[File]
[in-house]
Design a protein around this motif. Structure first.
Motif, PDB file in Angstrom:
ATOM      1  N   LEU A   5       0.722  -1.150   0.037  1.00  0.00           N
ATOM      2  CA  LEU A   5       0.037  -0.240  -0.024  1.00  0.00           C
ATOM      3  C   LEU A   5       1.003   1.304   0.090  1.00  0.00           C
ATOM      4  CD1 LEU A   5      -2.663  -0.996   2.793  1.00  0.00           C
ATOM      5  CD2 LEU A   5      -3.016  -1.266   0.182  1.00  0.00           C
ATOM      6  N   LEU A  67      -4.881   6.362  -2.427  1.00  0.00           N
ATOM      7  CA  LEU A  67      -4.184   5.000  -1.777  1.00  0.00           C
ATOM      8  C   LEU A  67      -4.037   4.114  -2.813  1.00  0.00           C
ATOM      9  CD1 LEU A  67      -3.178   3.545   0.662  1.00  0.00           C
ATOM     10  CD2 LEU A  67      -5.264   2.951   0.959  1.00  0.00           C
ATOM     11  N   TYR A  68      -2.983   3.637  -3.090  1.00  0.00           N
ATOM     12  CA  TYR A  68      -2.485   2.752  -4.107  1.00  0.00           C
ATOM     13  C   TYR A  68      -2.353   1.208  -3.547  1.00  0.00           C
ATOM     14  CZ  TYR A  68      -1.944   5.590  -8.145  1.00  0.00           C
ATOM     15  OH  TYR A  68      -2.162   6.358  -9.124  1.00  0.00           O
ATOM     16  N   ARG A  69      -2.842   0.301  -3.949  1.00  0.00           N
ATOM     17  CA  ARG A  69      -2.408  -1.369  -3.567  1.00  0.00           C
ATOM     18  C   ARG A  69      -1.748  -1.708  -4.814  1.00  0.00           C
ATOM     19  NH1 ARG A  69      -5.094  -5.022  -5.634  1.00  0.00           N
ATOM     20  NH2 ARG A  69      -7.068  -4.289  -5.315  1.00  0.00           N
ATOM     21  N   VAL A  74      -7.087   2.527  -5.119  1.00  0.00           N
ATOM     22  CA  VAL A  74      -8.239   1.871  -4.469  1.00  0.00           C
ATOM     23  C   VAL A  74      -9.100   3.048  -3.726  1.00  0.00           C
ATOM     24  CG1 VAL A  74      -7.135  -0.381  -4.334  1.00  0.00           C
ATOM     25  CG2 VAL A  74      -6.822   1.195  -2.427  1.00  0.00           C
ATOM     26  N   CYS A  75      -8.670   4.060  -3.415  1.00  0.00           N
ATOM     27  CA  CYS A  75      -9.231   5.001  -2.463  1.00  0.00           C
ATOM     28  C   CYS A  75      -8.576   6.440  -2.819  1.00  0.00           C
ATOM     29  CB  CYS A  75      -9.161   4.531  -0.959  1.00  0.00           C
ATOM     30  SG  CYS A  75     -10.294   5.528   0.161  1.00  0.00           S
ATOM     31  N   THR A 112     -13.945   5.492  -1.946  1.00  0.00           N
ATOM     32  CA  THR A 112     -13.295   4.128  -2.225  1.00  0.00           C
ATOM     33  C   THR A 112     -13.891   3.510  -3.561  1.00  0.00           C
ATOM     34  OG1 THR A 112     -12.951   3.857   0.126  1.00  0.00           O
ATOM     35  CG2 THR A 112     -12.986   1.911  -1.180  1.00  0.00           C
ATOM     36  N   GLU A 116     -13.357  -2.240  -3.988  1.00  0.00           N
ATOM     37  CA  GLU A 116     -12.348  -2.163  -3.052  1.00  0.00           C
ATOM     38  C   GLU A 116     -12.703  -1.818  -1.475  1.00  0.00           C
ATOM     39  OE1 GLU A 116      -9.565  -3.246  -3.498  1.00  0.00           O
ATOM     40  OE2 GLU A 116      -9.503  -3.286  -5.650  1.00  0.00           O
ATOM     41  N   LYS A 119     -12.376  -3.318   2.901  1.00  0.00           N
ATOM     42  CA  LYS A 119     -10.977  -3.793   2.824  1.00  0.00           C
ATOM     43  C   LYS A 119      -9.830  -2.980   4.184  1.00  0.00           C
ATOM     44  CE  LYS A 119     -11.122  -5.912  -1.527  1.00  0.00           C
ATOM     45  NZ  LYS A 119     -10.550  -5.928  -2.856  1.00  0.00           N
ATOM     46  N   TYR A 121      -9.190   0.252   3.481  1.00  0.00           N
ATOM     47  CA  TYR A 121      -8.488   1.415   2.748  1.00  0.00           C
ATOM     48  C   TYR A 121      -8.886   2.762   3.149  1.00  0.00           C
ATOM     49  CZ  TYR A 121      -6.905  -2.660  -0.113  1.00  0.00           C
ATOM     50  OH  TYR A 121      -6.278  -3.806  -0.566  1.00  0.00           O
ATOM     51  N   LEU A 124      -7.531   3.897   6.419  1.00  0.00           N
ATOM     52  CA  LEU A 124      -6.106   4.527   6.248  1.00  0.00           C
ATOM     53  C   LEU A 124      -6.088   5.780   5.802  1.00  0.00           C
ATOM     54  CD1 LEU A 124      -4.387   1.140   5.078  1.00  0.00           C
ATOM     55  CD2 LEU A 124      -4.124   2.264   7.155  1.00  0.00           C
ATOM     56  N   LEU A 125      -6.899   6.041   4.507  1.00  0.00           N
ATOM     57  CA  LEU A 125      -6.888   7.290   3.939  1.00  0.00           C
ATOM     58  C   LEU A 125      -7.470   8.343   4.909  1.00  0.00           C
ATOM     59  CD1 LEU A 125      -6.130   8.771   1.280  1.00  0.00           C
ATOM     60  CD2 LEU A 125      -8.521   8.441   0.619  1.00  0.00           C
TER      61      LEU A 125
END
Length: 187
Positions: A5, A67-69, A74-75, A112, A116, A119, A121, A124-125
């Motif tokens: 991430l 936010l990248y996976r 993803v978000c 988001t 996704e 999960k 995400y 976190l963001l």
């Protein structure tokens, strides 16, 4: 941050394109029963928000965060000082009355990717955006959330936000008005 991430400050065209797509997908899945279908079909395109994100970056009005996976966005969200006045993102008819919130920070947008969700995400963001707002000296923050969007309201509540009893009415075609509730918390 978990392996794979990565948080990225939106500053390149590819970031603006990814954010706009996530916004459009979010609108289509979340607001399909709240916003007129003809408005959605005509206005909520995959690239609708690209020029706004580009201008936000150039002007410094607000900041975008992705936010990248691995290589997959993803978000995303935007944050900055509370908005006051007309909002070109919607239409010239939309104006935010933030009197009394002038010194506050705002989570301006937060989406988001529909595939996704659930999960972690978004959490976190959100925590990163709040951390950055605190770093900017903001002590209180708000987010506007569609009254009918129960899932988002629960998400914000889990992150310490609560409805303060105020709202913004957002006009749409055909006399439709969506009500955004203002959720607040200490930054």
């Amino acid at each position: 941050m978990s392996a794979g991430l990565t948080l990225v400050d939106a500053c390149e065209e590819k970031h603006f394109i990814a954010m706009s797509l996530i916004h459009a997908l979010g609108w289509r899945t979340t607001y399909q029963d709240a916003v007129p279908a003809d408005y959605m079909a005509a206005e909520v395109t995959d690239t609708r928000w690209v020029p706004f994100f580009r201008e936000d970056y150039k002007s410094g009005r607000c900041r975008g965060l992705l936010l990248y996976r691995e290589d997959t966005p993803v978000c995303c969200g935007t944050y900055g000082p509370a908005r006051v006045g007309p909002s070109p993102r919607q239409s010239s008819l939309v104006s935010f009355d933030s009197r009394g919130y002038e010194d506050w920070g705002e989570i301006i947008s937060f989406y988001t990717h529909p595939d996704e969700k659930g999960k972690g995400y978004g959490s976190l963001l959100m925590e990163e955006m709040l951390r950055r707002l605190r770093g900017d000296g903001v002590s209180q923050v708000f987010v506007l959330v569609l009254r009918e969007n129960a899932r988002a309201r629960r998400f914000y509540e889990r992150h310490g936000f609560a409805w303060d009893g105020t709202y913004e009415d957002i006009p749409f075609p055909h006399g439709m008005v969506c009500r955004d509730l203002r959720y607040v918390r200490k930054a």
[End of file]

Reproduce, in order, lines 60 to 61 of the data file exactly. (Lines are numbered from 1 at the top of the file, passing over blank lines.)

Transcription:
ATOM     57  CA  LEU A 125      -6.888   7.290   3.939  1.00  0.00           C
ATOM     58  C   LEU A 125      -7.470   8.343   4.909  1.00  0.00           C